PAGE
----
Wednesday, 3 September 2014
Last updated 11 hours ago
Aug 2 2011 | 12:31pm ET
A lawyer for the Securities and Exchange Commission approved a controversial collateralized debt obligation before joining the agency, and may testify in the civil trial of the Goldman Sachs banker behind the deal.
Adam Glass served as outside counsel to hedge fund Paulson & Co. four years ago. In that role, he signed off on Abacus-AC1-2007, a $1 billion CDO which the SEC said was structured and marketed by Goldman on behalf of Paulson, which made a mint by shorting the CDO.
The SEC accused Goldman and banker Fabrice Tourre of misleading investors about the CDO, in particular about Paulson's role. The agency claims Paulson played "a significant role" in picking the mortgage-backed securities that went into Abacus, a claim Paulson denies, and that Goldman and Tourre failed to tell investors that the hedge fund was shorting the vehicle.
Paulson has not been accused of any wrongdoing in the case.
Goldman last year paid $550 million to settle the SEC case, but Tourre is fighting the allegations. In June, a judge ruled that the agency's case can proceed, but dismissed several claims against Tourre.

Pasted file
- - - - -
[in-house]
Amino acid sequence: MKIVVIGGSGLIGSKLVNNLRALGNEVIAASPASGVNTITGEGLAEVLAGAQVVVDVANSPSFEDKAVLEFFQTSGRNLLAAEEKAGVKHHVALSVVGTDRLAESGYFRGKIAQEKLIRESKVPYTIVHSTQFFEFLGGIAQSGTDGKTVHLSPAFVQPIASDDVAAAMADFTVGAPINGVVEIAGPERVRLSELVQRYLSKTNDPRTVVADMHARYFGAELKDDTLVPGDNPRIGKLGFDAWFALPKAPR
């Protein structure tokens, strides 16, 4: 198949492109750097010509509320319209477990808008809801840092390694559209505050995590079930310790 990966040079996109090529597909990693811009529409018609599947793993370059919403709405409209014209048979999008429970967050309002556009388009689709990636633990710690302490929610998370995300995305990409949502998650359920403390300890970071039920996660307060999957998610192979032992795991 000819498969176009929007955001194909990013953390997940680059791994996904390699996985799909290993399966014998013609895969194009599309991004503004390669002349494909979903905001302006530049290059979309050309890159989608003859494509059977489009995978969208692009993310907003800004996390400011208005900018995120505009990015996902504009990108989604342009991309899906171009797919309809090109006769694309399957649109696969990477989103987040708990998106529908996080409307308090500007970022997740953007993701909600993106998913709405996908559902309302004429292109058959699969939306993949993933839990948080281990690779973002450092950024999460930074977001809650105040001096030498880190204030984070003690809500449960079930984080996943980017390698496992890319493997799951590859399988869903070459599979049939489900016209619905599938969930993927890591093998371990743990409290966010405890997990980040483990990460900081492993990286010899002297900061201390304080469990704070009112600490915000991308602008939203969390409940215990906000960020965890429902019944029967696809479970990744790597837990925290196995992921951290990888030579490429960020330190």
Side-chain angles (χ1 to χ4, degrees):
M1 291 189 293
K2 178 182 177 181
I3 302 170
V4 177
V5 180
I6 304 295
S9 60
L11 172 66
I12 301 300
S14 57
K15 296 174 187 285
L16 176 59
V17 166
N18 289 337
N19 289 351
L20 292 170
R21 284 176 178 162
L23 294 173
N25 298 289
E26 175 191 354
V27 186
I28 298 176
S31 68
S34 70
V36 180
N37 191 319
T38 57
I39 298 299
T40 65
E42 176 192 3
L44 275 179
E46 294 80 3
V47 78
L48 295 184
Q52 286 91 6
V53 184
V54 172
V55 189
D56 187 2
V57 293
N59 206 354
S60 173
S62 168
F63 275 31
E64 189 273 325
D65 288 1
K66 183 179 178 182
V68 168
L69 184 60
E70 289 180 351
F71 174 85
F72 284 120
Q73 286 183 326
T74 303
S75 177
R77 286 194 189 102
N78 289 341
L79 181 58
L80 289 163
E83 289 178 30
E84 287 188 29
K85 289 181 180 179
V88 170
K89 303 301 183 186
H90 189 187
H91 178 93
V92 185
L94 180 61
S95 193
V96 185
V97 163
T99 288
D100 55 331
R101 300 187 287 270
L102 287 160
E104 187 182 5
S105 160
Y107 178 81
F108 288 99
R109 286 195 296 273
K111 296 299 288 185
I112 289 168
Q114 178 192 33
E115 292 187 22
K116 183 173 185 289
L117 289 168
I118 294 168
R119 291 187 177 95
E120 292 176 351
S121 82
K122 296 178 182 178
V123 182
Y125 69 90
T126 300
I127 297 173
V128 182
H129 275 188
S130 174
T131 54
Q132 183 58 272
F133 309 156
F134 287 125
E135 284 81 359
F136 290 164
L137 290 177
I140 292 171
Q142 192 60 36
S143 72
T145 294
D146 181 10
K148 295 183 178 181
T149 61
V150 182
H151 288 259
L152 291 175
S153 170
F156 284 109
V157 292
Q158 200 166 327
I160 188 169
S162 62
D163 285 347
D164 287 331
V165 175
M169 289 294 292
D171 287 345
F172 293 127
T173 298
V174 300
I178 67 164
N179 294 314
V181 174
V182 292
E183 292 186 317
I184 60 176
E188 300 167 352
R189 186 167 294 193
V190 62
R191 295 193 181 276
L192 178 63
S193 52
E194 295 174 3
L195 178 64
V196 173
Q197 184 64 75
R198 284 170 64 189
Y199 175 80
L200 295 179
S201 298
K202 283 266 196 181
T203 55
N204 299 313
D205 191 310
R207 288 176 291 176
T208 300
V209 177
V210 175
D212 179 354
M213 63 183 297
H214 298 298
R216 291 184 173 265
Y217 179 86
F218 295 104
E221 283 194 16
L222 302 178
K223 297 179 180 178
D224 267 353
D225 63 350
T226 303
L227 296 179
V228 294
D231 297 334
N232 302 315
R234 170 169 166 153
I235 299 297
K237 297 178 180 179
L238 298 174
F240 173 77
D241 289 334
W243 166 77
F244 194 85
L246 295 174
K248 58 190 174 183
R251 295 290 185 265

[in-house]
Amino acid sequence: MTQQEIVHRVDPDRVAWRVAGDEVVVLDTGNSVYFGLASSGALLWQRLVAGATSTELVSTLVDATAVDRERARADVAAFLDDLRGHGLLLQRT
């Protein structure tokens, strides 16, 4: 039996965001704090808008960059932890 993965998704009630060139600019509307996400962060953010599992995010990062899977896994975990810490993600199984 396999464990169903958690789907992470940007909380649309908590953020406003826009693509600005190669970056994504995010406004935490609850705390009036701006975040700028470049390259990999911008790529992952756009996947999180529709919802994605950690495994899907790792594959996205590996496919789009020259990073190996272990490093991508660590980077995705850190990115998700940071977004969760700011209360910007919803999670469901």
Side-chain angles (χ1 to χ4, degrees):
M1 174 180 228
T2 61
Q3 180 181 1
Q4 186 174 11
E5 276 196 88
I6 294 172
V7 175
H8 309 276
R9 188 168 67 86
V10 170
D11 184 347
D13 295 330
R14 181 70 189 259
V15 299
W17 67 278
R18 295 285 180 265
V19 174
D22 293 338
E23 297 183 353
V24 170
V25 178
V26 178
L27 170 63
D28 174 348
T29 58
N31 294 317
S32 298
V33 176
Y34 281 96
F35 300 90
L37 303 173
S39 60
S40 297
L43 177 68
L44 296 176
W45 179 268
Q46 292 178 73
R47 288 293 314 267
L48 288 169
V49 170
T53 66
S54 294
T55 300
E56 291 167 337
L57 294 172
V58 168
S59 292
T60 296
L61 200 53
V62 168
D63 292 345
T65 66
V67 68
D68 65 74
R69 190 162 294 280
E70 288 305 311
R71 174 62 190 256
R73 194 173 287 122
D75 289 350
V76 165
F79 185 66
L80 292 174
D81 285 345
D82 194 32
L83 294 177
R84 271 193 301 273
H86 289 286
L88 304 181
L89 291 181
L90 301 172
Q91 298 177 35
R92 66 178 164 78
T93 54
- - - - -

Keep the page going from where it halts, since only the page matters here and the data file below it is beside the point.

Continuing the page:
Glass, who joined the SEC two years ago, was deposed in the Tourre case over the summer, The New York Times reports. Now co-chief counsel helping to put together the SEC's derivatives regulations, Glass reviewed and commented on the engagement letter between Goldman and ACA Financial Guaranty, which insured and invested in the CDO, and also saw a draft of the offering circular for investors. Neither document referred to Paulson's alleged hand in picking the securities.
According to the Times, Glass did not push for additional disclosures about Paulson's role, although he did do so on some previous Goldman deals. But Glass, as Paulson's lawyer, did not have a fiduciary duty to Goldman's clients.
Aug 25 2014 | 11:21am ET
As many of you know, FINalternatives was recently acquired by the owners of Futures magazine, a firm called The Alpha Pages LLC. Today marks the soft-launch of a new sister site for both publications. As its name suggests, The Alpha Pages will cover all types of alternative investments, going far beyond the more well-known ones such as hedge funds and private equity. Read more…
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